No Holds Barred Thomas J. Wright

No Holds Barred Thomas J. Wright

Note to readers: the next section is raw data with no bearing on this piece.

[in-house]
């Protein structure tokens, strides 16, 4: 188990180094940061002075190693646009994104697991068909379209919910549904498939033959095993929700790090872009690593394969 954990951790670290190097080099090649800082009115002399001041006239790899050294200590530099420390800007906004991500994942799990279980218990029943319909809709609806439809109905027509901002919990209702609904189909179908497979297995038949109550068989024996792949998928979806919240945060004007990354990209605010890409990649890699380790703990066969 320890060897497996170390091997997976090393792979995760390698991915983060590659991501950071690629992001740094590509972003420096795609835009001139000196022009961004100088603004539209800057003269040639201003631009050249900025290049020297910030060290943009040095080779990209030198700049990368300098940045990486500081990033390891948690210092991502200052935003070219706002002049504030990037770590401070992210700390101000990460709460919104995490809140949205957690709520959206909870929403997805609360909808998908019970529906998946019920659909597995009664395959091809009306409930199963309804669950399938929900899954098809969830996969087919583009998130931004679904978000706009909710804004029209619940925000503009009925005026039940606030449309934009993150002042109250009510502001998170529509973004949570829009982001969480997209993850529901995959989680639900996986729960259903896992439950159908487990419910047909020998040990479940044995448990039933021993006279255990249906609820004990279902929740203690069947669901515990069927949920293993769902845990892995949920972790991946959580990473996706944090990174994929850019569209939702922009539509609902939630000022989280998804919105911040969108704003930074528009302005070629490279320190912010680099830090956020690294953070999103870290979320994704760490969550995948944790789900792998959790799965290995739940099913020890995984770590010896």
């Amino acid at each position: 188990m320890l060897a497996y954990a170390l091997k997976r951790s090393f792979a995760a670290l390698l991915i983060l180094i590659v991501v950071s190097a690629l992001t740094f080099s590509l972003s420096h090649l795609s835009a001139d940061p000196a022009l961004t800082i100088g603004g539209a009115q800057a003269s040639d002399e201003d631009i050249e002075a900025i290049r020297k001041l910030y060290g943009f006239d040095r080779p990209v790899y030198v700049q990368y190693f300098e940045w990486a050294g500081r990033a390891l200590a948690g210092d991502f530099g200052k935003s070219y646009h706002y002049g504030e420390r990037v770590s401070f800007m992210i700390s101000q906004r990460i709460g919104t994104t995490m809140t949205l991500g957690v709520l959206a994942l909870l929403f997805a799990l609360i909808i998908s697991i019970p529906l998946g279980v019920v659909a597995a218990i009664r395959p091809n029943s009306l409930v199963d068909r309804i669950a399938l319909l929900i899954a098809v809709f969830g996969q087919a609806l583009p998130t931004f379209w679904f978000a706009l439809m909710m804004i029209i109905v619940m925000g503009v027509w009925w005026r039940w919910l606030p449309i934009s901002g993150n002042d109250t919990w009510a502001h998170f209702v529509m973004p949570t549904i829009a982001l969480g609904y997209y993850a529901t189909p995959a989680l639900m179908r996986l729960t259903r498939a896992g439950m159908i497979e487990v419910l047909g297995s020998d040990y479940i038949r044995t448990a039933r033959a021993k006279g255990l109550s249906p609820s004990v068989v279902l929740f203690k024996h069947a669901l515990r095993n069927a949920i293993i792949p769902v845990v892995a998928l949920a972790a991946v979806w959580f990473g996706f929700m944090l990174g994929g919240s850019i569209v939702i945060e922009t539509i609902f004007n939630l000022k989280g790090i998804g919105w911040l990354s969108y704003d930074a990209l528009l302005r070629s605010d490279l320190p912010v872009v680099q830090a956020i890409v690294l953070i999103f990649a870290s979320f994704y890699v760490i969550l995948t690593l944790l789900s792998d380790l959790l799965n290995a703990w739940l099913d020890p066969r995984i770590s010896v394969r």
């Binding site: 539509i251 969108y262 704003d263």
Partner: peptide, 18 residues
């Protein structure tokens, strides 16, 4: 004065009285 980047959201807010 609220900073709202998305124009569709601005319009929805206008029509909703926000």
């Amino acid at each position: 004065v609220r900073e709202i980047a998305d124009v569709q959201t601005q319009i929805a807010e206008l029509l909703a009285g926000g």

Given the general public's insatiable thirst for nostalgia and World Wrestling Entertainment head honcho Vince McMahon's insatiable thirst to sell us things, it's a wonder it took this long for Hulk Hogan's first starring vehicle to make it to DVD. Wisely, especially given some of the broader flops he'd later make, Hogan plays things close to the chest as Rip, a star wrestler in a fictional league that's proven to be a ratings powerhouse. Jealous of his rival's success, World Television Network head Brell (Kurt Fuller, who would play a lower ranking TV exec two years later as Russell in Wayne's World) tries to buy out Rip's contract. But it's a no-go, as Rip isn't a sell-out; he's an athlete through and through. Instead, Brell tracks down his own star, the psychopathic Zeus (played by real-life actor/wrestler Tom Lister Jr.) and launches a far more violent league. Still miffed at being rebuffed by Rip, Brell wants to pit the two men against one another, and even plants Samantha (Joan Severance) as a corporate spy. You can probably guess what happens next: Samantha falls for Rip, who is only goaded into the match with Zeus after the nut-bar puts Rip's waif-y brother, Randy, in the hospital. It's actually not all that different from the many, many martial art films, like Bloodsport or Best of the Best, that continue to find audiences on late night cable airings. But while watching Van Damme beat the crap out of dudes never gets old, No Holds Barred's fight scenes barely differ from your average wrestling match. Hogan's usual in-the-ring shtick of almost losing before finding his second wind even finds its way into the script ― twice. The moves are visibly pre-established between participants and the feigned pain is about as convincing as a wrestler trying to act (apologies to the Rock, who Hogan makes look like Marlon Brando). There are scant extras with the DVD, just a photo gallery (really, what's the point of these?). This is particularly upsetting given the film's pay-per-view premiere was followed by an actual match between Hogan and Lister. Laughably awful, No Holds Barred is really worth a watch if you grew up with Hulk-a-mania, if only to realize how misguided your childhood hero-worship really was. (eOne)